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    How to Handle Your Spring Allergies

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    Spring is beautiful, but it's also a key time of year for seasonal allergies. As plants release pollen, millions of people with hay fever start to sniffle and sneeze.

    There's no cure but you can take steps to curb springtime allergies, from medication to household habits.

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    Causes

    The biggest spring allergy trigger is pollen. Trees, grasses, and weeds release these tiny grains into the air to fertilize other plants. When they get into the nose of someone who’s allergic, they send the body's defenses haywire.

    The immune system mistakenly sees the pollen as a danger and releases antibodies that attack the allergens. That leads to the release of chemicals called histamines into the blood. Histamines trigger the runny nose, itchy eyes, and other symptoms that are all too familiar if you have allergies.

    Pollen can travel for miles, so it’s not just about the plants in your neighborhood.

    Triggers include:

    Trees

    • Alder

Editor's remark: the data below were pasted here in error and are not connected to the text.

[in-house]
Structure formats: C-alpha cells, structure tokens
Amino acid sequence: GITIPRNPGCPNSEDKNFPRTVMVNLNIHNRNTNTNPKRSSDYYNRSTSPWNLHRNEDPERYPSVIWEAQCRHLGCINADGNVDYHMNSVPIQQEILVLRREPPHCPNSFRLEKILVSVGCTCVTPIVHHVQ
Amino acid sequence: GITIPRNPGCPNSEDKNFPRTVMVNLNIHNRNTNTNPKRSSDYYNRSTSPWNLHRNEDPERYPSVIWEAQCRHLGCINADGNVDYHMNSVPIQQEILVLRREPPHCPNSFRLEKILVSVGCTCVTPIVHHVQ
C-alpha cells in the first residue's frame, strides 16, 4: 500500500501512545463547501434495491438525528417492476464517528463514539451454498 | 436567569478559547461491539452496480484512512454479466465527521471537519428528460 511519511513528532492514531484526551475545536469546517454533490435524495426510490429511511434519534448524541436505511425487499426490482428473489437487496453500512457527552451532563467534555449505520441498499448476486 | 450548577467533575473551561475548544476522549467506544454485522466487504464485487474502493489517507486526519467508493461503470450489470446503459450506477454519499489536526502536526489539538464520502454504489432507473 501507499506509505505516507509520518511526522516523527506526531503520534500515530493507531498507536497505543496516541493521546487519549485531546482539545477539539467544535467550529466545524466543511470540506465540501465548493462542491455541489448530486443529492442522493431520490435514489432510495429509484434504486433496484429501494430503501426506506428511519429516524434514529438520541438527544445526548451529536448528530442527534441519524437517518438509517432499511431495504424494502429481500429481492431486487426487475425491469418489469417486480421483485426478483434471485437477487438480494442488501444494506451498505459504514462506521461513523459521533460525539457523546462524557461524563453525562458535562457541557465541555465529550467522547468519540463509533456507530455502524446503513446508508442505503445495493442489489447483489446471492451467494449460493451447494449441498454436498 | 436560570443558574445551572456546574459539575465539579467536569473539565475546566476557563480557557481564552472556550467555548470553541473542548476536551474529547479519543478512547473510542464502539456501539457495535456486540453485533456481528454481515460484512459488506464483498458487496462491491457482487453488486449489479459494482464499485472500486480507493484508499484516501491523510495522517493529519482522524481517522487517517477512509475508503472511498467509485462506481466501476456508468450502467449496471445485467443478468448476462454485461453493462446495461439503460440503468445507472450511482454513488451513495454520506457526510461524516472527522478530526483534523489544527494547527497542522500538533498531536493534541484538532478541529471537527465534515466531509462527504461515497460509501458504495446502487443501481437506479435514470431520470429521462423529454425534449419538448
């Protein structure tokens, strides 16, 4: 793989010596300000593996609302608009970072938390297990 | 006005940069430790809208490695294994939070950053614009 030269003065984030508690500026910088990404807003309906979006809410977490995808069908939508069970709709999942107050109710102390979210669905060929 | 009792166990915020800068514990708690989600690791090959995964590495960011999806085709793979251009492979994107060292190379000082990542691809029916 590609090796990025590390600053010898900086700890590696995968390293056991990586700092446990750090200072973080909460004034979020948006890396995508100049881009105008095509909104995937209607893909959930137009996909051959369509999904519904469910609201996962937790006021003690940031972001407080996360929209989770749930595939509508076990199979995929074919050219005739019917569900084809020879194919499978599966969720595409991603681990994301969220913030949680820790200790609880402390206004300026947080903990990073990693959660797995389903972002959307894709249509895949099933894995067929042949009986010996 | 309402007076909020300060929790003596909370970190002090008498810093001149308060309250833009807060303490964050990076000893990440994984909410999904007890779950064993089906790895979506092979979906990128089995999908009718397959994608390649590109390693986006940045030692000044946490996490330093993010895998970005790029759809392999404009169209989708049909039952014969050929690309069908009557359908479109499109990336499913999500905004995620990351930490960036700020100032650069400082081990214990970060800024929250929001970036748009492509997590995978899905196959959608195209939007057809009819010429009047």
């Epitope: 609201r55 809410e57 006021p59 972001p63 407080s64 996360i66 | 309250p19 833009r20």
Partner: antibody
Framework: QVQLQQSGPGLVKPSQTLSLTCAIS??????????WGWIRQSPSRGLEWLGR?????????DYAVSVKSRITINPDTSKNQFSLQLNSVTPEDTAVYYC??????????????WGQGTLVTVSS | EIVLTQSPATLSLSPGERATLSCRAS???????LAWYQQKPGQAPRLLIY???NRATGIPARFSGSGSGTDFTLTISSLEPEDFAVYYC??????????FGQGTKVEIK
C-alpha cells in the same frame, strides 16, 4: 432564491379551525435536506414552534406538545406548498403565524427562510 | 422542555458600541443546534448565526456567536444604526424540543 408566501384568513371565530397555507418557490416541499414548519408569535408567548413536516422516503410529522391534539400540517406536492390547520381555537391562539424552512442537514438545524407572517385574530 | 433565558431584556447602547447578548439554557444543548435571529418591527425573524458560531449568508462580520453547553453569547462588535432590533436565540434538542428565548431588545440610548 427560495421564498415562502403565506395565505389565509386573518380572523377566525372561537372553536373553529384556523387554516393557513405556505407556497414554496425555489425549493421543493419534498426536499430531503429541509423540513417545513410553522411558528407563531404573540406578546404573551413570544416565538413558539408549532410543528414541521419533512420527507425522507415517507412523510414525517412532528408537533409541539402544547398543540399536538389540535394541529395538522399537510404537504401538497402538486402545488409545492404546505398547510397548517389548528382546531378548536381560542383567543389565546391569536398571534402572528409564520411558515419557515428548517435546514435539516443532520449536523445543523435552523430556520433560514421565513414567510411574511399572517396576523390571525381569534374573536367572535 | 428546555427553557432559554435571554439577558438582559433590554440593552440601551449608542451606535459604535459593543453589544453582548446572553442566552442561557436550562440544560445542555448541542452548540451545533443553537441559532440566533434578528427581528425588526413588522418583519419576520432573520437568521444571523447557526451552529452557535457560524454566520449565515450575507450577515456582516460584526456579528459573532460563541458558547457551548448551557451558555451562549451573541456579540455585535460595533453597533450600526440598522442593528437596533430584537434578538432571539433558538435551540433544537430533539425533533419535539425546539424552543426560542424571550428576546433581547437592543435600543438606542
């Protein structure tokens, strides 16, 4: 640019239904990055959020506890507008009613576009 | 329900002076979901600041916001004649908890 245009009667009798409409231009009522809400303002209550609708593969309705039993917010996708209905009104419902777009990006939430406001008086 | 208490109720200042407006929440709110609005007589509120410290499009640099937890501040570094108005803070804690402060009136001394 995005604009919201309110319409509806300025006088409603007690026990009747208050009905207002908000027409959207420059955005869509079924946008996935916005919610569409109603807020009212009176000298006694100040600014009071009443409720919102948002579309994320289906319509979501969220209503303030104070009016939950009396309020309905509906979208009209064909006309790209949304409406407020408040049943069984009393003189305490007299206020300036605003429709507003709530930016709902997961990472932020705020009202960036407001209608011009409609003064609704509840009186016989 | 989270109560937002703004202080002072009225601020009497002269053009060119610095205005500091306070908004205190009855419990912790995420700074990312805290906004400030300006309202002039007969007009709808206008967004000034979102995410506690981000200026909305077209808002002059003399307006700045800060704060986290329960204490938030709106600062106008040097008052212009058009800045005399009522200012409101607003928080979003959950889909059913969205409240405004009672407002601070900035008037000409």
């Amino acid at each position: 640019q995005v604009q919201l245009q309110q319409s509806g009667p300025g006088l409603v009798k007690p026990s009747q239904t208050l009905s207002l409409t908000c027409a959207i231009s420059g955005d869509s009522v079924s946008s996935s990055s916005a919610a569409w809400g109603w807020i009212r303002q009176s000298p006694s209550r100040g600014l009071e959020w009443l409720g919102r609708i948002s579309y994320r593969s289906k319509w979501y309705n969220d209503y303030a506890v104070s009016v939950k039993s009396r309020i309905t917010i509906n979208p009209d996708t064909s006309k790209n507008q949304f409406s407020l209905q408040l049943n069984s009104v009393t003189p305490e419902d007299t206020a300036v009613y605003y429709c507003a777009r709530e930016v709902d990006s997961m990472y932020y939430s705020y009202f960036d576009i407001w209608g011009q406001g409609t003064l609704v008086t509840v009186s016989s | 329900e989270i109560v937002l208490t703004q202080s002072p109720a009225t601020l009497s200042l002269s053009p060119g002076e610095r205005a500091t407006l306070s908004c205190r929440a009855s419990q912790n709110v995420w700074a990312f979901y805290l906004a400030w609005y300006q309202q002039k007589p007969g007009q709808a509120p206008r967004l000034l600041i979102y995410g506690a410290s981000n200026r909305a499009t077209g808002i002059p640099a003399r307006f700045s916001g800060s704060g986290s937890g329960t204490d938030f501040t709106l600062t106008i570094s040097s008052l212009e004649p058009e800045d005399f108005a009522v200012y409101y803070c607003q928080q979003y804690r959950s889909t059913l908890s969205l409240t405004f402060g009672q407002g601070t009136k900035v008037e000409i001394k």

• Ash
    • Aspen
    • Beech
    • Box elder
    • Cedar
    • Cottonwood
    • Cypress
    • Elm
    • Hickory
    • Juniper
    • Maple
    • Mulberry
    • Oak
    • Olive
    • Palm
    • Pine
    • Poplar
    • Sycamore
    • Willow

    Grasses and weeds:

    • Bermuda
    • Fescue
    • Johnson
    • June
    • Orchard
    • Perennial rye
    • Redtop
    • Saltgrass
    • Sweet vernal
    • Timothy

    Pollen counts tend to be particularly high on breezy days when the wind picks up these sneeze-inducing grains and carries them through the air. Rainy days, on the other hand, wash away the allergens.

    Symptoms

    You may have:

    Diagnosis

    Start with your regular doctor. She may refer you to an allergist for tests.

    The allergy specialist may give you a skin test, which involves either a pricking the surface of the skin with a tiny amount of allergen (prick test), or injecting a tiny sample of a diluted allergen under the skin of your arm or back. If you’re allergic to the substance, a small red bump (called a wheal or hive) will form. Sometimes, you may get a blood test.

    Over-the-Counter and Prescription Allergy Treatments

    There are many medicines that can ease the symptoms of allergies. They include:

    Antihistamines reduce sneezing, sniffling, and itching by lowering the amount of histamine in your body.

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